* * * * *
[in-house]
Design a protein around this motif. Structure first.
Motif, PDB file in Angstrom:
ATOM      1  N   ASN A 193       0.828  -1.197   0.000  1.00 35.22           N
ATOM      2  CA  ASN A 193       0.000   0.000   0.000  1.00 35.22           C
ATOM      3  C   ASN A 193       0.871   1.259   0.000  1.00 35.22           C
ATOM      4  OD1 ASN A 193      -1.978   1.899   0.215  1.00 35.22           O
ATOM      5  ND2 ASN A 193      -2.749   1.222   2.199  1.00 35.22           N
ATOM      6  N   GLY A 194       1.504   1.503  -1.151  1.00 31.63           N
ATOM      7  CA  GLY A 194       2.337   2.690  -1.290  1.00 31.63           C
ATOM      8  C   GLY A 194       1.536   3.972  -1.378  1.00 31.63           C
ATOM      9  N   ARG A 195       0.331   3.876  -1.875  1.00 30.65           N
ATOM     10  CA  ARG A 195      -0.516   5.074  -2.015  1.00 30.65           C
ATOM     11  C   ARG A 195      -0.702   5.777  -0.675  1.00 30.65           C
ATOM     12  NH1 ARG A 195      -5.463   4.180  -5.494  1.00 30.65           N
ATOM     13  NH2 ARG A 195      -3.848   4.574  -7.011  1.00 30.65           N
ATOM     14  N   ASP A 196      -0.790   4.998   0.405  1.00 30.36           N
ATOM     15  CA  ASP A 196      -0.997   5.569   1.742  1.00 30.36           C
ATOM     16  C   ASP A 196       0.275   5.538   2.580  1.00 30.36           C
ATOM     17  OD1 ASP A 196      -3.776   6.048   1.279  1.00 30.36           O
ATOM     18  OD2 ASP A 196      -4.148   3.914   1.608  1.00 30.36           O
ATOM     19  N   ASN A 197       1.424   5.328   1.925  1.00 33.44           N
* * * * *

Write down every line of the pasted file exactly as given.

[in-house]
Design a protein around this motif. Structure first.
Motif, PDB file in Angstrom:
ATOM      1  N   ASN A 193       0.828  -1.197   0.000  1.00 35.22           N
ATOM      2  CA  ASN A 193       0.000   0.000   0.000  1.00 35.22           C
ATOM      3  C   ASN A 193       0.871   1.259   0.000  1.00 35.22           C
ATOM      4  OD1 ASN A 193      -1.978   1.899   0.215  1.00 35.22           O
ATOM      5  ND2 ASN A 193      -2.749   1.222   2.199  1.00 35.22           N
ATOM      6  N   GLY A 194       1.504   1.503  -1.151  1.00 31.63           N
ATOM      7  CA  GLY A 194       2.337   2.690  -1.290  1.00 31.63           C
ATOM      8  C   GLY A 194       1.536   3.972  -1.378  1.00 31.63           C
ATOM      9  N   ARG A 195       0.331   3.876  -1.875  1.00 30.65           N
ATOM     10  CA  ARG A 195      -0.516   5.074  -2.015  1.00 30.65           C
ATOM     11  C   ARG A 195      -0.702   5.777  -0.675  1.00 30.65           C
ATOM     12  NH1 ARG A 195      -5.463   4.180  -5.494  1.00 30.65           N
ATOM     13  NH2 ARG A 195      -3.848   4.574  -7.011  1.00 30.65           N
ATOM     14  N   ASP A 196      -0.790   4.998   0.405  1.00 30.36           N
ATOM     15  CA  ASP A 196      -0.997   5.569   1.742  1.00 30.36           C
ATOM     16  C   ASP A 196       0.275   5.538   2.580  1.00 30.36           C
ATOM     17  OD1 ASP A 196      -3.776   6.048   1.279  1.00 30.36           O
ATOM     18  OD2 ASP A 196      -4.148   3.914   1.608  1.00 30.36           O
ATOM     19  N   ASN A 197       1.424   5.328   1.925  1.00 33.44           N